When it comes to pairing food and wine, most people know the old adage of “red wine with red meat and white wine with white meat”. We’ve even written a whole article about why steak and red wine go so well together. But if you want to break it down even further, which wine goes well with which beef?

We’ve put together this guide with the expert advice of Melbourne-based sommelier of 10 years and founder of Feravina, Mike Rapajic, to help you pair the right wine with your beef.

How to find the right match

As Mike explains, it all starts with understanding the basics of food and wine pairing. “Every food component has its perfect match – and its perfect clash – in wine.”

To find the right match you must consider three things: the structure of the wine – that’s the acidity, body, tannins and sweetness; the flavour profile – the fruits, herbs, peppers, meatyness or mushroomy-ness; and then you must consider the food itself – is it salty or sweet? Bitter or bold? Sour or spicy?

“A good sommelier will keep this in mind to provide delicious and interesting pairings for their customers,” says Mike.

What does red wine do to beef?

Red wine provides the right amount of acidity to cut through the richness of so many beef dishes. “The tannins in red wine in particular stick to the palate and interact nicely, prolonging the flavour so that both the wine and the beef remain on the palate after being swallowed,” explains Mike. “This makes the whole experience infinitely more enjoyable.”

Is there a general rule to follow when it comes to pairing beef and wine?

In a nutshell, bolder flavours go with bolder, full-bodied reds such as Cabernet Sauvignon, while fattier flavours need more tannin and acidity, such as Shiraz. But having worked in two high-end Australian steakhouses, Mike says it also comes down to the cut and how the beef is cooked.

“With steak specifically, fatty and flavourful cuts like rib-eye would benefit from a full-bodied red with high tannin. Leaner cuts such as an eye fillet calls for a less tannic wine and a more elegant blend. Extremely fatty steaks like wagyu need more acidity, and since it isn’t as full-flavoured as grass-fed beef, a lighter bodied red would be a better choice.

“Secondary cuts like skirt or flank have a lot of flavour, but less fat – therefore bolder reds with a medium tannin work best.”

Mike says it also helps to think about the other flavours present in the dish. “If there is tomato in the dish, then a wine with complementary flavours like Sangiovese is a good choice. If there is capsicum in the dish then Cabernet Franc, or Cabernet Sauvignon, are good ideas. For pepper, a Shiraz (aka Syrah) is a natural pairing.”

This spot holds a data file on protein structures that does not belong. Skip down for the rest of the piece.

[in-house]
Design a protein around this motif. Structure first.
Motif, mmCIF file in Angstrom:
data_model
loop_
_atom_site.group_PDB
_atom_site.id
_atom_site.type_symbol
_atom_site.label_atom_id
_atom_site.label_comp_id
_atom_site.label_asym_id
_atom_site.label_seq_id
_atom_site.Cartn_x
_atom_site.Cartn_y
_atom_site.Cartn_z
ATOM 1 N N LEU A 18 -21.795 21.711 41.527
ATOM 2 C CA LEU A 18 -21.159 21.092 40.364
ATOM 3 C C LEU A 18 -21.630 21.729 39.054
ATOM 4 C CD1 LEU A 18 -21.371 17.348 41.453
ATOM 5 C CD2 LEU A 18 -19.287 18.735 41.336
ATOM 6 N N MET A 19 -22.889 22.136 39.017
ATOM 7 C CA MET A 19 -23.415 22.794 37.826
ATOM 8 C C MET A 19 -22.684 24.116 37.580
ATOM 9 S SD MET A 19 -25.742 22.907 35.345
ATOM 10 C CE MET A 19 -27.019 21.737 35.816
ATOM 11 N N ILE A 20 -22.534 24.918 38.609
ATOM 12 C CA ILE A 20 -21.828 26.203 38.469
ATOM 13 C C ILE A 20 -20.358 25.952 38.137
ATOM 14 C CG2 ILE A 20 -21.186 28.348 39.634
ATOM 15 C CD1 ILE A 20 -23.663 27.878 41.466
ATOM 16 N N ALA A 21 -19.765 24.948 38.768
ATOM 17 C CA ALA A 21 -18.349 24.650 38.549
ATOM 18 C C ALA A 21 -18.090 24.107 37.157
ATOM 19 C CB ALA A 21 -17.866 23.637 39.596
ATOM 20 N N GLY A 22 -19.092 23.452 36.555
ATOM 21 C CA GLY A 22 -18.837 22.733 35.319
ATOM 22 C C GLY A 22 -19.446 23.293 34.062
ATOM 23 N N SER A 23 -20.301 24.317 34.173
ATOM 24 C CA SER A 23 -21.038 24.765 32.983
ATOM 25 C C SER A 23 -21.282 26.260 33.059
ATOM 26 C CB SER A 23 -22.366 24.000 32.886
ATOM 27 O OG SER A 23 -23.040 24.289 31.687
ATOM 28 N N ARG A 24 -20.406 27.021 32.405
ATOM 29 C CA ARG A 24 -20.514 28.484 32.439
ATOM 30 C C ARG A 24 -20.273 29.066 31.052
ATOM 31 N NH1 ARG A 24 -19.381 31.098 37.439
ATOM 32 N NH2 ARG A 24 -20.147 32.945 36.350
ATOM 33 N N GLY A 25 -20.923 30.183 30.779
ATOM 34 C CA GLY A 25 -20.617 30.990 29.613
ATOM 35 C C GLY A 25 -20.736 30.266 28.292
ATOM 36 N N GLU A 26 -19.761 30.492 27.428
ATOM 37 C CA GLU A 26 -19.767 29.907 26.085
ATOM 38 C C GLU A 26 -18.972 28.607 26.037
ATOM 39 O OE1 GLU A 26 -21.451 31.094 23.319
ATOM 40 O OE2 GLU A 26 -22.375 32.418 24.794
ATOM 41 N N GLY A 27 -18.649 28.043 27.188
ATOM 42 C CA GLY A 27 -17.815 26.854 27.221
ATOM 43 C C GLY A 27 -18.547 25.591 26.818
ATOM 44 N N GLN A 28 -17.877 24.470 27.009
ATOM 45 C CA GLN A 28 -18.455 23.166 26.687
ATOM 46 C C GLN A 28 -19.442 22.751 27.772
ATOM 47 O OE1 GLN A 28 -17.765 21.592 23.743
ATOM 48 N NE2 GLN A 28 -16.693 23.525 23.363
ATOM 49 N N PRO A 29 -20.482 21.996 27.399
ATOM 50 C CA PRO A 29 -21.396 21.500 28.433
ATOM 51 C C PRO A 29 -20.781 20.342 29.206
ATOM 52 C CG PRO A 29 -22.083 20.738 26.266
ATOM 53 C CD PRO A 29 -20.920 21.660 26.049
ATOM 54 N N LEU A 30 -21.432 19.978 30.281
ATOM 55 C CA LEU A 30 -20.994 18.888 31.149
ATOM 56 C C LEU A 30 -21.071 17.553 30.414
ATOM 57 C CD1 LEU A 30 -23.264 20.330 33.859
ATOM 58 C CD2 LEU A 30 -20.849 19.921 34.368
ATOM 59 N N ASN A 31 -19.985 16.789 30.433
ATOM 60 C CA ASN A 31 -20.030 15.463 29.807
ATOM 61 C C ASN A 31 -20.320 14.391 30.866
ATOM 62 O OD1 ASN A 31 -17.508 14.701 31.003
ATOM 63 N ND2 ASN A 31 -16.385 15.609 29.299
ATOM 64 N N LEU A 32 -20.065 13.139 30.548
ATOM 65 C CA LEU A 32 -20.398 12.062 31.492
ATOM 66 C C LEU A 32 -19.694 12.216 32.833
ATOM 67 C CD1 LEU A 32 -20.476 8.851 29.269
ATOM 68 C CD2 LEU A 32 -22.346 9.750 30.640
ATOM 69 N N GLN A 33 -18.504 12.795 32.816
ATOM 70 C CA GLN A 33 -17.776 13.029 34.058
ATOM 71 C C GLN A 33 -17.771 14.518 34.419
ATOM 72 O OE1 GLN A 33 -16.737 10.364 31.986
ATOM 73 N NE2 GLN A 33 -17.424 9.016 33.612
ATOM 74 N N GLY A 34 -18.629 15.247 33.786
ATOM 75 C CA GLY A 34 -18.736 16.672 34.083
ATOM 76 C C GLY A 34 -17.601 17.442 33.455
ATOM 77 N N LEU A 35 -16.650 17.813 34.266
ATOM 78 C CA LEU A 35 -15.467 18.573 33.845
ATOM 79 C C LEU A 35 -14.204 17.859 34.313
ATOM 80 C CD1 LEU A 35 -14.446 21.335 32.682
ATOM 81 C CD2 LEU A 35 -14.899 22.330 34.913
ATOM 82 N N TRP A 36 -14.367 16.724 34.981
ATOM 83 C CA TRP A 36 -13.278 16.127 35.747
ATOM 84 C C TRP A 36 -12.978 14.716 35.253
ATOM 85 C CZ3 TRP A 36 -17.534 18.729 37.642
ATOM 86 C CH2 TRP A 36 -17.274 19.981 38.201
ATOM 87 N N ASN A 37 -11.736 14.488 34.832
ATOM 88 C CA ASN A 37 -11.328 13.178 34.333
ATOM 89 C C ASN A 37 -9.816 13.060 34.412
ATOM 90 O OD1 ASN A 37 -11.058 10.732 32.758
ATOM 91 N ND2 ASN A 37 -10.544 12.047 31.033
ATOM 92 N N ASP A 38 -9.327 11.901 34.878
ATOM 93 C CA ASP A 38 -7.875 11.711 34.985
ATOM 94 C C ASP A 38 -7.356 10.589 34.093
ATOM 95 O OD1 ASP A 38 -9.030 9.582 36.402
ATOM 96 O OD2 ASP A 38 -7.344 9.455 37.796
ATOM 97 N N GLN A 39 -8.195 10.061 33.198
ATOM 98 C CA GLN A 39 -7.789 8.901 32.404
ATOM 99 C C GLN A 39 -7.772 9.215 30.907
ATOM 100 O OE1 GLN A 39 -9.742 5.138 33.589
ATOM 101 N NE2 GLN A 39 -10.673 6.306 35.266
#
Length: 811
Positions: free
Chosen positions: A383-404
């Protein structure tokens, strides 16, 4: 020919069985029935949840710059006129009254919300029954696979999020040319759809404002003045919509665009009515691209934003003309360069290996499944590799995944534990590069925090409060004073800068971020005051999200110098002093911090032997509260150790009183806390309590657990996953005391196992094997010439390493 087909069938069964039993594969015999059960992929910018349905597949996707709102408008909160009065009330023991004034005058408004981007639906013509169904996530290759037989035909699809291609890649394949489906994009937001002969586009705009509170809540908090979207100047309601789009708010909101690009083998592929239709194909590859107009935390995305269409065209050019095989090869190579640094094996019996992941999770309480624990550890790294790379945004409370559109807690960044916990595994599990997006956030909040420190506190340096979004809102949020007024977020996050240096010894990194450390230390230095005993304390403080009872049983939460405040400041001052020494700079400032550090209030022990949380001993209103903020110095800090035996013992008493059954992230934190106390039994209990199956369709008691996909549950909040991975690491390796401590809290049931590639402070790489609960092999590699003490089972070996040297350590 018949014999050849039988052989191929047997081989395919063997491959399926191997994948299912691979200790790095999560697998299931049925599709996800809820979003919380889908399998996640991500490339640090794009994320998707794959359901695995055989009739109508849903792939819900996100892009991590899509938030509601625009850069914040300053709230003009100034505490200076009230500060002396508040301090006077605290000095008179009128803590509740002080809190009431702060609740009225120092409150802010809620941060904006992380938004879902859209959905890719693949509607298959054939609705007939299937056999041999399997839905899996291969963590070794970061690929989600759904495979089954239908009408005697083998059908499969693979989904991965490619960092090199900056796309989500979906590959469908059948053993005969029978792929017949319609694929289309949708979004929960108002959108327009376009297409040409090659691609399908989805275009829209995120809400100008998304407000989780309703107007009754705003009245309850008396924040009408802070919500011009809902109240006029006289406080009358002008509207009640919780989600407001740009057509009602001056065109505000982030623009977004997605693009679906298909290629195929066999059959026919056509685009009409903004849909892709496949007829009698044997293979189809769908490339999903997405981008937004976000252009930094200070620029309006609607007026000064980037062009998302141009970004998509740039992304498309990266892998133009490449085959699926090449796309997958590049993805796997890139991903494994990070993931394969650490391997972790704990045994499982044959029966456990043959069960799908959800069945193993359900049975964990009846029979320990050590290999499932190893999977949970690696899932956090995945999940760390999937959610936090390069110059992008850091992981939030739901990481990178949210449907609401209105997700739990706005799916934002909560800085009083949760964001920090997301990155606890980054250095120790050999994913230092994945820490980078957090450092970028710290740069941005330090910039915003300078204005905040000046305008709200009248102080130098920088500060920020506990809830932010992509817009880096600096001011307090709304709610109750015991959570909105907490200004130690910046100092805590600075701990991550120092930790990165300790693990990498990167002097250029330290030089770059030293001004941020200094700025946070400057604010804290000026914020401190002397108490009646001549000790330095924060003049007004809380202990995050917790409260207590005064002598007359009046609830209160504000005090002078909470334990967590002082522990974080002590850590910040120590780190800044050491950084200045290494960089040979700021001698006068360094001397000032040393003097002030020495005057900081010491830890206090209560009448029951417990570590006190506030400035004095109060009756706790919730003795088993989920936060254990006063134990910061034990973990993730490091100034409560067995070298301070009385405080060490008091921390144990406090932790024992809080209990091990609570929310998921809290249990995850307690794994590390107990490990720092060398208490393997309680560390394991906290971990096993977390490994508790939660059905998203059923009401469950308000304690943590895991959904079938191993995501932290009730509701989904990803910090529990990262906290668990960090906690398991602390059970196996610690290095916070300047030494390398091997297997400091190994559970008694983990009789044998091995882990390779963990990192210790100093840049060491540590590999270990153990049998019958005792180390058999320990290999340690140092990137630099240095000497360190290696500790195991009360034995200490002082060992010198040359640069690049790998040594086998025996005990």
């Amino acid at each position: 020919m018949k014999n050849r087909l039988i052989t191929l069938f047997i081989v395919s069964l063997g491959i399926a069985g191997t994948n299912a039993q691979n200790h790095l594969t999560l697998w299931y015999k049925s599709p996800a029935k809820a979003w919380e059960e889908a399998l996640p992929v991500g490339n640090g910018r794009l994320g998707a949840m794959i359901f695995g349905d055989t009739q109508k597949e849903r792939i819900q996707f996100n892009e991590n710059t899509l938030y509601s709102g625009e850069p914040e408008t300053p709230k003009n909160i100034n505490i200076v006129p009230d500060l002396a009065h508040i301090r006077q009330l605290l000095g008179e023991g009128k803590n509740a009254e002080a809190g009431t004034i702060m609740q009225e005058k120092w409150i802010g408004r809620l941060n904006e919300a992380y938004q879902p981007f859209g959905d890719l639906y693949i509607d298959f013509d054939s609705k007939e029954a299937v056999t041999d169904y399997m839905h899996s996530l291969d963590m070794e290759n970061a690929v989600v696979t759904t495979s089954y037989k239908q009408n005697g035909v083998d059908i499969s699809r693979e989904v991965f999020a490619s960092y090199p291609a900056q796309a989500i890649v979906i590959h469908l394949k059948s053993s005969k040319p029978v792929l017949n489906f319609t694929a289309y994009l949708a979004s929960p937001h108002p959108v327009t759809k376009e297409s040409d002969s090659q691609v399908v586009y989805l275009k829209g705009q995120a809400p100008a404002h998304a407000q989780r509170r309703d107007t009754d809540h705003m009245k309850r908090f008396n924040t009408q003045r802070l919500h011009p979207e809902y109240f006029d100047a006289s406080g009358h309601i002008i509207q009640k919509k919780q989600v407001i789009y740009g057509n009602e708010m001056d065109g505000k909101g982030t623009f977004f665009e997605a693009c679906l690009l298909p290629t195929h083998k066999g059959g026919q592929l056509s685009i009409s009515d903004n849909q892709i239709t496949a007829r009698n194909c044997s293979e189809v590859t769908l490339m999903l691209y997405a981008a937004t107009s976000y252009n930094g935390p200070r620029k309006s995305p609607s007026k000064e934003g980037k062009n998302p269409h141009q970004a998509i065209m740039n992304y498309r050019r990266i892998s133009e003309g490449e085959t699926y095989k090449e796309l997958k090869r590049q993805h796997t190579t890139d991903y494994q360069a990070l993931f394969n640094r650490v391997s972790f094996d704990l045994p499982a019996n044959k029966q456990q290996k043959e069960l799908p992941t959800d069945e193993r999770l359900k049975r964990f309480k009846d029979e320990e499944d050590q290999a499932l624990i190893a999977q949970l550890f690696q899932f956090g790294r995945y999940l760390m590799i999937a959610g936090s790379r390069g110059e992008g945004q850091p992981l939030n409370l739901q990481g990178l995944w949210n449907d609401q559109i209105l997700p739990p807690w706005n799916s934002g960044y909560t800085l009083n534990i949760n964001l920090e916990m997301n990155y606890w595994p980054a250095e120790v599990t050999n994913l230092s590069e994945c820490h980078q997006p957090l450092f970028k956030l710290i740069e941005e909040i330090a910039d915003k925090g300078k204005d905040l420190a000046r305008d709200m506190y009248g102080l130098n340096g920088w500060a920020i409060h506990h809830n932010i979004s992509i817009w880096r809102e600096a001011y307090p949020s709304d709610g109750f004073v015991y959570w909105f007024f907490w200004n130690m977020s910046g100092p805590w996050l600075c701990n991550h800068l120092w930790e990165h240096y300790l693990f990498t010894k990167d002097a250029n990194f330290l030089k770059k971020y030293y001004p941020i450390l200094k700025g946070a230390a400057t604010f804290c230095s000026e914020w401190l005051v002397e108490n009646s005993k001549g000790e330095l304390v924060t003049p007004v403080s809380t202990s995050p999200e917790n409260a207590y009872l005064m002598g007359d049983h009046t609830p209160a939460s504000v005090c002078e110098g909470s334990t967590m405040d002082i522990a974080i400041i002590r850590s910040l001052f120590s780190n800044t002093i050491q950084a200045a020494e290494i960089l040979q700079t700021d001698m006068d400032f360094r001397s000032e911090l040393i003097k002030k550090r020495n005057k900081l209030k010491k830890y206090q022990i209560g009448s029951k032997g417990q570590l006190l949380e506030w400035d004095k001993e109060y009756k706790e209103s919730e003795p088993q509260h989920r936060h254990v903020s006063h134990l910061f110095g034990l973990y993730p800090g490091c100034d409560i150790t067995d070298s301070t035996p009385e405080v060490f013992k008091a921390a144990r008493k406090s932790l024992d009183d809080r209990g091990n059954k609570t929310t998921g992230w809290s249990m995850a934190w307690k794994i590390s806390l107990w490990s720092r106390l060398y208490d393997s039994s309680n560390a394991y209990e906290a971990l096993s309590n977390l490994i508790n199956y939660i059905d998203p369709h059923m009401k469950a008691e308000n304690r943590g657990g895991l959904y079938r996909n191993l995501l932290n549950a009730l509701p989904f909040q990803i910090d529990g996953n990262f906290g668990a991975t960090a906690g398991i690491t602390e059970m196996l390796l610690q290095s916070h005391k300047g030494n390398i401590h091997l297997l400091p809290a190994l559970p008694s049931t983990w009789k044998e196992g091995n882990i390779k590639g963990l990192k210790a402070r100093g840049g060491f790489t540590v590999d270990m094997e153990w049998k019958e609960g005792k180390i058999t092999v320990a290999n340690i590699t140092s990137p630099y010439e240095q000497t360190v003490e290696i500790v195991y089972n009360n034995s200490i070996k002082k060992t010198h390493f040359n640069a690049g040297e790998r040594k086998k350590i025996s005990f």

Can you drink white wine with beef?

The flavour profile of many red wines complements the flavour profile of beef and beef dishes in a way that white and rosé wine simply do not. But Mike says there are some exceptions.

“The spiciness in certain beef dishes, such as beef curries and stir-fries, pairs well with sweetness in wine. This makes it work with sweeter whites like Gewurztraminer. Also, in creamy dishes such as beef stroganoff, I would pair the creaminess of the dish to a rich white white like an oaked Chardonnay. Rosé, both still and sparkling, is a natural pairing for raw beef dishes such as tartare and carpaccio,” says Mike.

Skin contact white wines (aka orange wines) can be substituted for reds sometimes, since these wines tend to be more full-bodied, dry, have noticeable tannin and a more savoury flavour profile when compared with regular whites.

What’s the best red wine to cook with?

Contrary to popular belief, it actually doesn’t really matter as wine in cooking is mostly used for its acidity and for deglazing a pan. Any flavour nuances that different wines have are completely lost in the cooking process.

“Every top restaurant I ever worked at just used cheap boxed wine or left-over wine from service for cooking, “ says Mike. If you don’t finish a bottle at home in a day or two and it starts to oxidise, keep it for cooking.

“It’ll be perfectly fine to cook with for months if you store it in a cool, dark place. You can even combine different leftover wine in the same bottle to save space. Otherwise, just buy a boxed dry red wine and keep it in a cool cupboard for cooking. My advice? Save your money on cooking wine and invest it in drinking wine instead.”

We hear you, Mike.


The Ultimate Beef & Wine Pairing Guide

infographic on pairing wine and beef by Steak School
While not every one of these wines can be found in every bottle shop, a good wine merchant should be able to provide an alternative with a similar structure and similar flavour profile for any of the wines.

Open wine, open mind

Mike says having an open mind is key when it comes to choosing your wine. “Most of the time wine drinkers stick to what they know, which prevents them from finding better value stuff that they’d enjoy even more if they just gave it a chance,” he says.

“There are literally thousands of grape varieties out there and dozens of wine producing countries other than Australia and New Zealand, all of which have a bunch of unique wine regions and sub-regions within them.

“In my online wine business, Feravina, I always aim to pleasantly surprise my clients with different wine varieties and regions that they’ve never heard of – but all are exciting and delicious to drink.”

So next time you are in the bottle shop, take Mike’s advice and step away from the most common red wines (Shiraz, Cab Sav, Pinot Noir etc) and try asking them to recommend a wine for you. “Some of the alternative varieties and lesser-known regions tend to provide the best value for money.”

There is a wine for every beef – and when you venture out into the world of wine, you just might be pleasantly surprised.

Feravina is an Australian wine service specialising in wine that is organic, additive-free, low in sulphites and keto-friendly.